Superconducting undulators (SCUs) offer another technical solution and are considered among the most promising technologies to improve the performance of the next generation FELs, and of other types of light sources, such as Berkeley Lab’s Advanced Light Source (ALS) and Argonne’s Advanced Photon Source (APS).

    SCUs replace the permanent magnets in the undulator with superconducting coils. The prototype SCUs have successfully produced stronger magnetic fields than conventional undulators of the same size. Higher fields, in turn, can produce higher-energy free-electron laser light to open up a broader range of experiments.

    Berkeley Lab’s 1.5-meter-long prototype undulator, which uses a superconducting material known as niobium-tin (Nb3Sn), set a record in magnetic field strength for a device of its design during testing at the Lab in September 2016.

    “This is a much-anticipated innovation,” agreed Wim Leemans, Director, Accelerator Technology and Applied Physics (ATAP) . “Higher performance in a smaller footprint is something that benefits everyone – the laboratories that host the facilities, the funding agencies, and above all, the user community.”

    Argonne’s test of another superconducting material, niobium-titanium, successfully reached its performance goal, and additionally passed a bevy of quality tests. Niobium-titanium has a lower maximum magnetic field strength than niobium-tin, but is further along in its development.
    Photo – The superconducting undulator R&D project at Berkeley Lab was a team effort. Among the contributors: (from left) Heng Pan, Jordan Taylor, Soren Prestemon, Ross Schlueter, Diego Arbelaez, Jim Swanson, Ahmet Pekedis, Scott Myers, Tom Lipton, and Xiaorong Wang. (Credit: Marilyn Chung/Berkeley Lab)

    The superconducting undulator R&D project at Berkeley Lab was a team effort. Among the contributors: (from left) Heng Pan, Jordan Taylor, Soren Prestemon, Ross Schlueter, Diego Arbelaez, Jim Swanson, Ahmet Pekedis, Scott Myers, Tom Lipton, and Xiaorong Wang. (Credit: Marilyn Chung/Berkeley Lab)

    “The superconducting technology in general, and especially with the niobium tin, lived up to its promise of being the highest performer,” said Ross Schlueter, Head of the Magnetics Department in Berkeley Lab’s Engineering Division. “We’re very excited about this world record. This device allows you to get a much higher photon energy” from a given electron beam energy.

    “We have expertise here both in free-electron laser undulators, as demonstrated in our role in leading the construction of LCLS-II’s undulators, and in synchrotron undulator development at the ALS,” noted Soren Prestemon, Director of the Berkeley Center for Magnet Technology (BCMT), which brings together the Accelerator Technology and Applied Physics Division (ATAP) and Engineering Division, to design and build a range of magnetic devices for scientific, medical, and other applications.

    “The Engineering Division has a long history of forefront research on undulators, and this work continues that tradition,” states Henrik von der Lippe, Director, Engineering Division.

    Diego Arbelaez, the lead engineer in the development of Berkeley Lab’s device, said earlier work at the Lab in building superconducting undulator prototypes for a different project were useful in informing the latest design, though there were still plenty of challenges.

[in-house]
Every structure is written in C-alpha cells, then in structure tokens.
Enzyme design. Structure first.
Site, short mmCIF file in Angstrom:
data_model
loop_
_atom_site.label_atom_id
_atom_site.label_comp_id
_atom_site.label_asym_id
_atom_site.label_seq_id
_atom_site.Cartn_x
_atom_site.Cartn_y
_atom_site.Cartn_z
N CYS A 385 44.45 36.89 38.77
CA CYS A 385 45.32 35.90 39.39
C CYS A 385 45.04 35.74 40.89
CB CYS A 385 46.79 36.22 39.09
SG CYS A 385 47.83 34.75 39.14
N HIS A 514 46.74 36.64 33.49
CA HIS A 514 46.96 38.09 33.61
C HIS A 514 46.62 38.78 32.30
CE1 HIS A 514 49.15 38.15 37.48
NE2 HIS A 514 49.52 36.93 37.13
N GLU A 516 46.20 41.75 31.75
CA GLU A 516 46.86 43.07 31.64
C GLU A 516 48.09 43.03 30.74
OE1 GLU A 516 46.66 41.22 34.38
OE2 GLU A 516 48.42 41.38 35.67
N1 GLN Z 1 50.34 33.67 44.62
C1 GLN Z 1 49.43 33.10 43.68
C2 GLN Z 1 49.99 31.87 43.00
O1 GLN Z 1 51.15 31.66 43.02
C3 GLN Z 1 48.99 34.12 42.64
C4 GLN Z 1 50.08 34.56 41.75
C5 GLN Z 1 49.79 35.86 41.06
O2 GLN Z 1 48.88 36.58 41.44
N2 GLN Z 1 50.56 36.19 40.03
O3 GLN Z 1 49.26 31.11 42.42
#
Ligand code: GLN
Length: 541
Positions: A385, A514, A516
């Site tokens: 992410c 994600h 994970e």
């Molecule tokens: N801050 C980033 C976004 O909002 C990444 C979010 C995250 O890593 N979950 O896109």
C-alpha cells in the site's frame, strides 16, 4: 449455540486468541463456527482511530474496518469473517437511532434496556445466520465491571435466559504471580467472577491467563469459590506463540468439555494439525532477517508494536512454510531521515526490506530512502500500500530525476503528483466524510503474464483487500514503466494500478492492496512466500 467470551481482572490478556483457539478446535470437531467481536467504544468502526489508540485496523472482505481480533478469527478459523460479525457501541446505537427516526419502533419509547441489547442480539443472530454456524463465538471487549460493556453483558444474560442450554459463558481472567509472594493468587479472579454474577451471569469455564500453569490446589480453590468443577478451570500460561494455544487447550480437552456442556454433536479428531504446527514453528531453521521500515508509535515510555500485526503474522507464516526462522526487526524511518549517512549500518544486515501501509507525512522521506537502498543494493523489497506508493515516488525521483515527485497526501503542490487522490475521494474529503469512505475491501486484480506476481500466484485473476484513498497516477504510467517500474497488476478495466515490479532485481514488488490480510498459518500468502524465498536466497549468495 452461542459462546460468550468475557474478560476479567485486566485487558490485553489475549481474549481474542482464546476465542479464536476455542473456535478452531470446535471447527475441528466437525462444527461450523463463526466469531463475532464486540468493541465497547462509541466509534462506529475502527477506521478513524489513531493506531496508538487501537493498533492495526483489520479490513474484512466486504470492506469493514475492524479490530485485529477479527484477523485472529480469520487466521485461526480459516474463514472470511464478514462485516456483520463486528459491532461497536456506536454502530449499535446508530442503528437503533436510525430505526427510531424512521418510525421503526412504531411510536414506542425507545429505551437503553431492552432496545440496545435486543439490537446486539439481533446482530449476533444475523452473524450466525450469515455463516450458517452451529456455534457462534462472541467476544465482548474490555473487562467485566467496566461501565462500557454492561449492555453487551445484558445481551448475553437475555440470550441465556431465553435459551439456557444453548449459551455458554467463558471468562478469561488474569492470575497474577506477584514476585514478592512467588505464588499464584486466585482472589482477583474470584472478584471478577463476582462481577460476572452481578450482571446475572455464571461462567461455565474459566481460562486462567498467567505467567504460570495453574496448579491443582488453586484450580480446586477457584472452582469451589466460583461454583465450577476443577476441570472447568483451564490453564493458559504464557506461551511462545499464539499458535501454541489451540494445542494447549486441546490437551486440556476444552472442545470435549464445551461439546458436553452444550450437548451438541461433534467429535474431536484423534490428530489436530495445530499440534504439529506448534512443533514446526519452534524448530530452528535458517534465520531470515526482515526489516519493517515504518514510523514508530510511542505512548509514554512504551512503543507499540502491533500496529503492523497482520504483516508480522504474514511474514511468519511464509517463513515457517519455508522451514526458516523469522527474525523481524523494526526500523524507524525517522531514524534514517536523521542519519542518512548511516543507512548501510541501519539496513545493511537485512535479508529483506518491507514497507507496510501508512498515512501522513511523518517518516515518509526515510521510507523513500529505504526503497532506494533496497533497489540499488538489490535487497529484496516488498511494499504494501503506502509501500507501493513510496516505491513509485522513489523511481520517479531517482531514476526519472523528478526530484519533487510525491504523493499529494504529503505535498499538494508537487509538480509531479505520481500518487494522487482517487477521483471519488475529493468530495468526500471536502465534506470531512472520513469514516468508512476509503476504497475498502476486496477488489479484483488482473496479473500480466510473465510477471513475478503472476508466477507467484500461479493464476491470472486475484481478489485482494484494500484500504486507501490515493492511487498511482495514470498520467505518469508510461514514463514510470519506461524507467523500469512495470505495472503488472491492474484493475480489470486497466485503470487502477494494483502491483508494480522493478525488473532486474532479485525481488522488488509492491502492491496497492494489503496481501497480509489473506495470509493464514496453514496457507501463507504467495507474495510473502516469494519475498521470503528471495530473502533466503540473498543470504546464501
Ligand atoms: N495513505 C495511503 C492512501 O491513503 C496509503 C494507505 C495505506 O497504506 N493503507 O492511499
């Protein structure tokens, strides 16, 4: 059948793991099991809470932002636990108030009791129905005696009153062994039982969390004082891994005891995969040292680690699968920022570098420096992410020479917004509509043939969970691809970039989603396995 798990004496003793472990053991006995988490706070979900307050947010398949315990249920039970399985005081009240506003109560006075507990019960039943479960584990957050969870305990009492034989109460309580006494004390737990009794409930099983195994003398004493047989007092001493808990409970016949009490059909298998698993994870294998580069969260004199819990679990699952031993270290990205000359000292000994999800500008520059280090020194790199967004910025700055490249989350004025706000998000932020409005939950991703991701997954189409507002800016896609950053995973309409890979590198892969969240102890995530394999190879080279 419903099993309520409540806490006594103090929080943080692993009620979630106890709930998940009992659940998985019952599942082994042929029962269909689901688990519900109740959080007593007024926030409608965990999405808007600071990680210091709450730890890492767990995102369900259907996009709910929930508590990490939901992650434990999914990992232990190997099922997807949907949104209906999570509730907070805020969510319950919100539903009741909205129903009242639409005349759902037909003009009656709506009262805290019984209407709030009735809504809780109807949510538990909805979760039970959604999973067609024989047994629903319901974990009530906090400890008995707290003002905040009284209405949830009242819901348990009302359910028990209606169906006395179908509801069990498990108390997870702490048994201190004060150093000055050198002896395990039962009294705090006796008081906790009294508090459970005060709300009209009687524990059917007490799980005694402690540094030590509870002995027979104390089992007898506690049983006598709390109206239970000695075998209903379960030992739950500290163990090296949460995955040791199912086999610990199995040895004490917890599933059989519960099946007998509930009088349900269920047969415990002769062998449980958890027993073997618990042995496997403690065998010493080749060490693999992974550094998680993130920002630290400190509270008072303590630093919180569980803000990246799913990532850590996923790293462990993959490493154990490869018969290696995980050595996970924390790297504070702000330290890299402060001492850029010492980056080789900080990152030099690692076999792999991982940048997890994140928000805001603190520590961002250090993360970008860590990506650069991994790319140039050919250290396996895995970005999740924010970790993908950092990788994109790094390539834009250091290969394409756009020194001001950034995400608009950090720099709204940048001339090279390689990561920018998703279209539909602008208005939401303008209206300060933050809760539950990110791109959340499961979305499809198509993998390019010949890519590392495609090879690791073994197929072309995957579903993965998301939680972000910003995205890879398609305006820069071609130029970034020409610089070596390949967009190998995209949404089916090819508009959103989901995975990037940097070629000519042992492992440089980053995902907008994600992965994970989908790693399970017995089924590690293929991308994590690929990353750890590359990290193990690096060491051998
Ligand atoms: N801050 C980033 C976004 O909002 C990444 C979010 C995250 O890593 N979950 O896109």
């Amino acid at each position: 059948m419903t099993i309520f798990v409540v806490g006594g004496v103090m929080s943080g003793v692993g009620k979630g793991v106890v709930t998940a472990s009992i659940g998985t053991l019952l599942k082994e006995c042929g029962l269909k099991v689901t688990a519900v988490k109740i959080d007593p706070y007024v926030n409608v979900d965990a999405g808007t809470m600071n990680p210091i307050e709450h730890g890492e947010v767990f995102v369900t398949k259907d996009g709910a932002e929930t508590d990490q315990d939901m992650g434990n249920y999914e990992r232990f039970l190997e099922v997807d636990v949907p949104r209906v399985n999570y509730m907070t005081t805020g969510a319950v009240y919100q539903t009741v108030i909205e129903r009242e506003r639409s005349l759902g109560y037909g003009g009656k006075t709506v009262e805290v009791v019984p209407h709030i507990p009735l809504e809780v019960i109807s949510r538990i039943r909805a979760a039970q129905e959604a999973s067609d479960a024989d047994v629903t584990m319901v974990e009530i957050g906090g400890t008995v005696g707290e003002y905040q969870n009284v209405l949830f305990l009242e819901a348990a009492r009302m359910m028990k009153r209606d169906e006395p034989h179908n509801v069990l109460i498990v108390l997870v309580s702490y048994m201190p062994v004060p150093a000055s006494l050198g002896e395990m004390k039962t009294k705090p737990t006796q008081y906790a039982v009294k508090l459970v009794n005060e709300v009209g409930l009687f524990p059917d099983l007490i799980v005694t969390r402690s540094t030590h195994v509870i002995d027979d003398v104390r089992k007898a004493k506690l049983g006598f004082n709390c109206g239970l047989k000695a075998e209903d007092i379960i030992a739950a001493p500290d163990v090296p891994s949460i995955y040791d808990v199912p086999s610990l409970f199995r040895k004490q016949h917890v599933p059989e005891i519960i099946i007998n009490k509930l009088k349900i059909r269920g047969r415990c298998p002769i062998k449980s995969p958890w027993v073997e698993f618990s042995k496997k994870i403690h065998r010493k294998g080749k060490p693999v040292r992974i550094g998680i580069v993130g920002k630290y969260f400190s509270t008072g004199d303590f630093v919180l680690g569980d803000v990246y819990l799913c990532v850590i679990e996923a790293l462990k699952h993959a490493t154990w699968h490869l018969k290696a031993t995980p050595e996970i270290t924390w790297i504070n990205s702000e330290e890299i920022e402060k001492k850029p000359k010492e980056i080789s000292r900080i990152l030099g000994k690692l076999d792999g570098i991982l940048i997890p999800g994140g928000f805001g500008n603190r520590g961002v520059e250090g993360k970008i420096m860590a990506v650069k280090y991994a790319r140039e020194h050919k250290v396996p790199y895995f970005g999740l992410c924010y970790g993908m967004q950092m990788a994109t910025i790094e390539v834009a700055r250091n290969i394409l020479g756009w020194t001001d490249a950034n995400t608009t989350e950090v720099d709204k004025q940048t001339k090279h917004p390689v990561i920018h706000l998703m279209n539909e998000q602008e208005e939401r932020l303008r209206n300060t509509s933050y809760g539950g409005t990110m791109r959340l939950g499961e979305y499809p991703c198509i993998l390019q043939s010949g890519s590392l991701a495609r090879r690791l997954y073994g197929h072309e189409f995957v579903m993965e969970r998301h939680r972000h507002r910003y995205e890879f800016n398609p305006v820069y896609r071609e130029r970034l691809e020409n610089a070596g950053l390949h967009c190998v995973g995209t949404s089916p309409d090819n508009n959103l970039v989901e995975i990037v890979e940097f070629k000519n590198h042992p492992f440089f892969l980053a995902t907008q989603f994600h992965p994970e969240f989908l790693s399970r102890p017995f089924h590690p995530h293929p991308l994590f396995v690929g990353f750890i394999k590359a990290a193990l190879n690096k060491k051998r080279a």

Niobium-tin is a brittle material that cannot be drawn into a wire. For practical use, a pliable wire, which contains the components that will form niobium-tin when heat-treated, is used for winding the undulator coils. The full undulator coil is then heat-treated in a furnace at 1,200 degrees Fahrenheit.

    The niobium-tin wire is wound around a steel frame to form tightly wrapped coils in an alternating arrangement. The precision of the winding is critical for the performance of the device. Arbelaez said, “One of the questions was whether you can maintain precision in its winding even though you are going through these large temperature variations.”

    After the heat treatment, the coils are placed in a mold and impregnated with epoxy to hold the superconducting coils in place. To achieve a superconducting state and demonstrate its record-setting performance, the device was immersed in a bath of liquid helium to cool it down to about minus 450 degrees Fahrenheit.

    4
    Ahmet Pekedis, left, and Diego Arbelaez inspect the completed niobium tin undulator prototype. (Credit: Marilyn Chung/Berkeley Lab)

    Another challenge was in developing a fast shutoff to prevent catastrophic failure during an event known as “quenching.” During a quench, there is a sudden loss of superconductivity that can be caused by a small amount of heat generation. Uncontrolled quenching could lead to rapid heating that might damage the niobium-tin and surrounding copper and ruin the device.

    This is a critical issue for the niobium-tin undulators due to the extraordinary current densities they can support. Berkeley Lab’s Marcos Turqueti led the effort to engineer a quench-protection system that can detect the occurrence of quenching within a couple thousandths of a second and shut down its effects within 10 thousandths of a second.

    Arbelaez also helped devise a system to correct for magnetic-field errors while the undulator is in its superconducting state.

    SLAC’s Paul Emma, the accelerator physics lead for LCLS-II, coordinated the superconducting undulator development effort.